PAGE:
FFE Magazine

The advantage of Imperfections

by FFE EU News Staff

 

Businesses are pressured to achieve goals quickly to prevent waste of time and money. But this means everyone has to work harder and longer to turn in a bigger profit. Faster doesn’t necessarily mean that jobs are done more efficiently, and mistakes are inevitable as is the need to fix them.

 

London Business School organisational behaviour professor Nigel Nicholson said that organisations who live by the motto ‘We are the best and we are people who do wonderful things’ have leaders who set their expectations too high.

 

Nicholson explained that this leads to bad behaviour like cheating. He said ‘Terrible disasters have been caused by people airbrushing over mistakes they don’t want to admit.

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‘Often driven by unreasonable expectations, such as “We are an organisation that doesn’t make mistakes”, you are immediately encouraging people to conceal errors.’

 

Psychotherapist and executive coach Julia Vaughan Smith added that employees who are pressured to reach unrealistic targets by business leaders are forced to keep up with the pace and fear speaking up.

 

Perfectionists will go to great lengths to avoid failure. Fear of failure is often rooted in the imagination, but as a result, can lead people to want more control of their environment.

 

One manager in a retail marketing business who admitted to be a perfectionist said that he often worked late at night to defeat fears of making an error. He added that he can only feel secure when his environment is in order. He said ‘Part of the problem is me, part is the work culture. Companies are cutting back on so many things and there simply isn’t the investment in people. As a manager myself, when I recruit people I expect them to hit the ground running.’

 

He said he is trapped in a vicious cycle by being a perfectionist. His obsession with detail means he fails to see the bigger picture. He also ends up not delegating tasks and feeling overwhelmed with work.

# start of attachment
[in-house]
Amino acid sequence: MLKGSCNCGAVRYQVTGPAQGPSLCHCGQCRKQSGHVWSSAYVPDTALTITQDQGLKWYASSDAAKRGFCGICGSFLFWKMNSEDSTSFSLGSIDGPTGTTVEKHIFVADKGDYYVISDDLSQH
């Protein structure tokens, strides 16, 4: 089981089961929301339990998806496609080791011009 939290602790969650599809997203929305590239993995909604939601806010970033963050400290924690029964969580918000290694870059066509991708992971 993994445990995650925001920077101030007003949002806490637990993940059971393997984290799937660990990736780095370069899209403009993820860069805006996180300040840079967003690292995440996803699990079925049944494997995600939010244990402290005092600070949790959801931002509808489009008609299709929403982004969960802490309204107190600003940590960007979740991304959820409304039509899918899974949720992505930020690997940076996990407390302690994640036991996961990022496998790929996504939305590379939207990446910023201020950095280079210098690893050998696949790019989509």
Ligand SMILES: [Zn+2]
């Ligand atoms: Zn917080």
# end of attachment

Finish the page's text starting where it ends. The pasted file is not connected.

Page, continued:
One important factor that psychotherapists use for pressured parents is changing their perfectionist perspective to ‘good enough’ parenting. ‘Good enough’ means giving children enough room to thrive on their own. It also means parents recognise that they, too, have imperfections and limitations that make it difficult for them to support their children 100%. ‘Good enough’ means understanding mistakes are inevitable and necessary for growth and achievement.

 

Chief executive Eva Chen of Japanese software security firm Trend Micro uses the same principle to direct her company, which employs 5,000 people worldwide.

 

She said that natural and unpredictable events like the Eurozone crisis and the 2011 Japan earthquake and tsunami make goal-setting more unrealistic. At times of uncertainty, she said she depends on her staff’s talents and capacity to respond to change.

 

Chen emphasised that companies, and their leaders, must bend when unpredictable events happen: ‘We need our engineers to have the courage and ability to create new things. If I started to punish people, I would stop this whole innovation spirit.

 

‘If things are unpredictable you can’t expect people to set a goal and say you must achieve this goal. [Instead], say, “you have the spirit to overcome any problem, or any obstacle in the future” — that is all we can ask for.’

 

Chen said she wants managers to trigger meaningful conversations about the company and know how to delegate effectively. She added ‘A business is just like a person — it has emotions and non-logical thinking.

 

‘How can you expect a business, which is just a collection of people, not to have emotion? I think traditional business tries to ignore that part and believes that business can be run by logic. That is not true.’

 

During the credit crisis, her approach was to eliminate fear in the company’s climate to allow employees to flourish. As a result, Trend Micro’s sales doubled.

 

Chen’s approach is a great explanation of how the ‘good enough’ approach can benefit anxious parents and businesses alike. For a business to thrive even under extreme external pressure, it must embrace its people’s talents, thoughts and imperfections.

 

 

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